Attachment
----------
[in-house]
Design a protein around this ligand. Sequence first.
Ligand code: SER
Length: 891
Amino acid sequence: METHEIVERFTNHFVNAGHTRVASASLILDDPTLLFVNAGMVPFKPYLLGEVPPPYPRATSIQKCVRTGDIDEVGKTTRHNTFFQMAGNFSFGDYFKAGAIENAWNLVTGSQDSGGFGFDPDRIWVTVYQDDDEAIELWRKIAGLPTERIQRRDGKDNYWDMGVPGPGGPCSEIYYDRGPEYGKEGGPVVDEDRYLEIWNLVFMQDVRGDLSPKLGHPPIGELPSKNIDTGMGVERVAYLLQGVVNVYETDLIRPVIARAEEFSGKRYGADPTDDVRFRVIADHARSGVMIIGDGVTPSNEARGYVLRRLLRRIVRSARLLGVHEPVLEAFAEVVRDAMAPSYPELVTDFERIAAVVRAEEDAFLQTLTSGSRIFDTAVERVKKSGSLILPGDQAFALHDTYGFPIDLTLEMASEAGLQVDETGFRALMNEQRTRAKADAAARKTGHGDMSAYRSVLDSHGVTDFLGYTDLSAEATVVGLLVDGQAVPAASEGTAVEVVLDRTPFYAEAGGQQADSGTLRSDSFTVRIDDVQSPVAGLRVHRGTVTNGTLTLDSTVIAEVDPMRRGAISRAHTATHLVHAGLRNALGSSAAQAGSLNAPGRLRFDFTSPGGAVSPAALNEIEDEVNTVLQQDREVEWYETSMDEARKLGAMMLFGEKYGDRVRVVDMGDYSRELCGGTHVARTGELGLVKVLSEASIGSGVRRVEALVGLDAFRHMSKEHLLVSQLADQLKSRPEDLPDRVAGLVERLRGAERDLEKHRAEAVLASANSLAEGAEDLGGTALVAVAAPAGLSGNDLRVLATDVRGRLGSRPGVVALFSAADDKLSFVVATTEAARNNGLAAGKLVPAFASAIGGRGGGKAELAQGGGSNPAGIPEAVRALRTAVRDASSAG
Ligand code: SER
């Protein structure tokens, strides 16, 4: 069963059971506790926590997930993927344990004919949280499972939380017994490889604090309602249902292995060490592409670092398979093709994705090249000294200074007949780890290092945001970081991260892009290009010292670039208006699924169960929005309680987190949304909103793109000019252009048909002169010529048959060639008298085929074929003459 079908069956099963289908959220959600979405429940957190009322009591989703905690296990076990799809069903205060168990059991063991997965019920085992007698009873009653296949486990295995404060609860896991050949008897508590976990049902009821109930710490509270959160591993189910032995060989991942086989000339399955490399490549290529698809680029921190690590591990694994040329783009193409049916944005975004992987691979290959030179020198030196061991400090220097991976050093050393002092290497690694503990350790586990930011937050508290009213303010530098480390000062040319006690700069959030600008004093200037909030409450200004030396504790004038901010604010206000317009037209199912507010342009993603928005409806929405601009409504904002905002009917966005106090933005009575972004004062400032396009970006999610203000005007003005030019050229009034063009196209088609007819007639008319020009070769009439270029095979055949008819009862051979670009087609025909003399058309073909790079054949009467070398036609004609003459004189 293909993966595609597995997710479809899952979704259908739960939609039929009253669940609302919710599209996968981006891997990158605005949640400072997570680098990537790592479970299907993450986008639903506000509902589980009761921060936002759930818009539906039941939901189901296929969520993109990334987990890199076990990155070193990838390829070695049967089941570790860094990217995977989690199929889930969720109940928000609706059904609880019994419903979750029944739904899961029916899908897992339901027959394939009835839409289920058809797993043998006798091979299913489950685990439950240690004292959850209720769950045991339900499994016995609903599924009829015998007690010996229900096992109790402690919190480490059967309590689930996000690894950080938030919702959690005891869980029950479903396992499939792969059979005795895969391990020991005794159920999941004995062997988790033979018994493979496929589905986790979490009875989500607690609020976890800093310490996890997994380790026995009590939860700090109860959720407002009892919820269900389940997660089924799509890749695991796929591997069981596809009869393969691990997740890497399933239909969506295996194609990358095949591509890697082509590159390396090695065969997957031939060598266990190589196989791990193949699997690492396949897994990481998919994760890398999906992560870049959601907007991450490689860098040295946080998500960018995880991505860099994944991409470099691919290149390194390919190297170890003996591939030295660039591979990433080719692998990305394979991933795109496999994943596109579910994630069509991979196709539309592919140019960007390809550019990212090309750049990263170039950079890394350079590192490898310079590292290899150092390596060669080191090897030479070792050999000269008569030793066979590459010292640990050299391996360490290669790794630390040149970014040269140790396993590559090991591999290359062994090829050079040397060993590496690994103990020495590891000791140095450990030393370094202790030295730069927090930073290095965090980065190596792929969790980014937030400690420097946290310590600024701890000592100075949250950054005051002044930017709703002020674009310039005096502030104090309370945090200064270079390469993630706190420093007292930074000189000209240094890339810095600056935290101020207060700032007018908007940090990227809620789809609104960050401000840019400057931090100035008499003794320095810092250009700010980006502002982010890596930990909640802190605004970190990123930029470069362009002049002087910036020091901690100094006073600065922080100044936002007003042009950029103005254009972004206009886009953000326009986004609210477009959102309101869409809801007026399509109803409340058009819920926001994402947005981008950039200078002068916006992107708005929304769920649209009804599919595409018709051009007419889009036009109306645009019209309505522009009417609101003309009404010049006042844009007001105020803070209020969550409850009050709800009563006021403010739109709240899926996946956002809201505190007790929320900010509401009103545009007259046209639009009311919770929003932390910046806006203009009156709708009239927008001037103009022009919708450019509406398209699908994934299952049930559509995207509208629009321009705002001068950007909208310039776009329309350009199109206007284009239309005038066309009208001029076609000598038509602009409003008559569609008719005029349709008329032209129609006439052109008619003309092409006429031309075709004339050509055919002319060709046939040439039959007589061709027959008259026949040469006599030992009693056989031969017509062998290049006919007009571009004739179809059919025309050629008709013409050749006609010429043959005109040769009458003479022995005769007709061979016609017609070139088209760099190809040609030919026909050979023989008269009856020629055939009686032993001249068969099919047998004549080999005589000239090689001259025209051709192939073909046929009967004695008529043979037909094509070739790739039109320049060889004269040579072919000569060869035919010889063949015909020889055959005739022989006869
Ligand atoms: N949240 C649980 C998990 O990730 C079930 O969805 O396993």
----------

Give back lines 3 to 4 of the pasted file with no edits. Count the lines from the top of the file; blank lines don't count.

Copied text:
Ligand code: SER
Length: 891